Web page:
Parties will look to end their contractual relationships for a vast number of reasons, some of them perfectly legitimate and others less so. In the case of a contract becoming impossible to perform, the two primary contractual terms to consider are force majeure and frustration.
A force majeure event
Most contracts today consider the possibility of events that are outside of anyone’s control: something like a natural disaster like the recent storms in the US, a pandemic such as Covid-19, or a political change that significantly impacts the legal and judiciary landscape, for example, Brexit.
In certain circumstances, some of these events can end up, in contractual terms, as ‘force majeure’. These terms can legitimately excuse one or more of the parties from performing its duties under the contract because an event has occurred that physically prevents the contractor/supplier (or in fact, yourselves) from being able to do so.
A force majeure event does not automatically trigger the force majeure clause. Because of the nature of events this clause is designed to cover it is rarely an open and shut case as to whether one or both parties could be excused from performing their obligations. Often a catch-all such as ‘Act of God’ is used where interpretation by parties and/or a court of law, may be required. Hence the need for discussion, collaboration and agreement based on mutual benefit to avoid protracted legal disputes ensuing.
Notification that a party wishes to rely on force majeure to excuse itself from its contractual obligations would normally need to be made within a specified time period of the event itself. And that party must be able to evidence that it has done all it could to avoid or prevent the triggering event occurring in the first place. In other words, to sit back and allow it to happen as a convenience would likely prevent force majeure being used as a legitimate get out of contract free card.
The doctrine of frustration
For an event to be frustrating, in English contract law, it must be so fundamental that it makes a party’s performance of their role in the contract either impossible or illegal, or it changes the playing field so much as to make it materially different from what was considered when the contract was drafted. Secondly, the frustrating event must not be the fault of the party seeking to rely on frustration: they cannot light the fuse which caused the event to occur.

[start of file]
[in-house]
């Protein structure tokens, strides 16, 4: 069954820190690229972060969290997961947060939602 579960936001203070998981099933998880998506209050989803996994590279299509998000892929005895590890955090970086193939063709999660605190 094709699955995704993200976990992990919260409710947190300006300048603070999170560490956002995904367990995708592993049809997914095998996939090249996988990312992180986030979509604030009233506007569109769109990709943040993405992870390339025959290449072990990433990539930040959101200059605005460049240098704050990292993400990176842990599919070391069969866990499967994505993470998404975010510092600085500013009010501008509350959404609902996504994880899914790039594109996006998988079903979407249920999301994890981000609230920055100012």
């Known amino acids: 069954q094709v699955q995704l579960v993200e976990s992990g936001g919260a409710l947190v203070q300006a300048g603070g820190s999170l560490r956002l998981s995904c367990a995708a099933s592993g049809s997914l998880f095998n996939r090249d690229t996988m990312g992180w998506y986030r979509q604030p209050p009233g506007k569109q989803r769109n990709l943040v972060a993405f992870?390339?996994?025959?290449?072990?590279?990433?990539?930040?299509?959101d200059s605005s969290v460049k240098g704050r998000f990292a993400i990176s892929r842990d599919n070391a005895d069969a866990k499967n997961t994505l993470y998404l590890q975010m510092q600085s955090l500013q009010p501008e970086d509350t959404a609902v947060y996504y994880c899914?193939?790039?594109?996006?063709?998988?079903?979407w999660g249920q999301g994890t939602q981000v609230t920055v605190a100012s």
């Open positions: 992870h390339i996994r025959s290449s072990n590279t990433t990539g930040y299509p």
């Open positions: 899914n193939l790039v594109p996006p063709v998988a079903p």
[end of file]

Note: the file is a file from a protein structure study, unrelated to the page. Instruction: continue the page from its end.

The doctrine of frustration is an exception to the rule that states that a party will be liable for damages if it fails to execute its duties under the contract. Frustration discharges the parties, setting aside the contract.
However, the criteria for frustration is challenging to evidence, which is why it is an option of last resort behind force majeure.
The relationships you build with your suppliers are worth fighting for. The procurement process is long and costly, developing working relationships, commercial trust, an understanding, a way of working, an appreciation for what triggers the right behaviours and so on. These are hard-won and losing them will likely mean a significant amount of time, money and frustration to get back to where you are now with a new supplier. However, where your supplier is genuinely unable to get you to your planned destination it’s important to know when, and how, to cut your losses and move forward.
The longer you have been working with your supplier, the more projects you’re currently working, or planning to work, with them on and their performance to this point are all factors in an intricate and ever expanding web of relational domino effects that make it a complicated affair to determine the true benefit or danger of letting your supplier out of its contract.
If you need help with this calculation, with the process of untangling cause and effect in your relationship to determine the best route forward, to assess whether force majeure or frustration are legitimately in play or to determine a step-by-step process for exiting your existing supplier relationship and entering another with as little delay and fuss as possible, click here to contact our team today.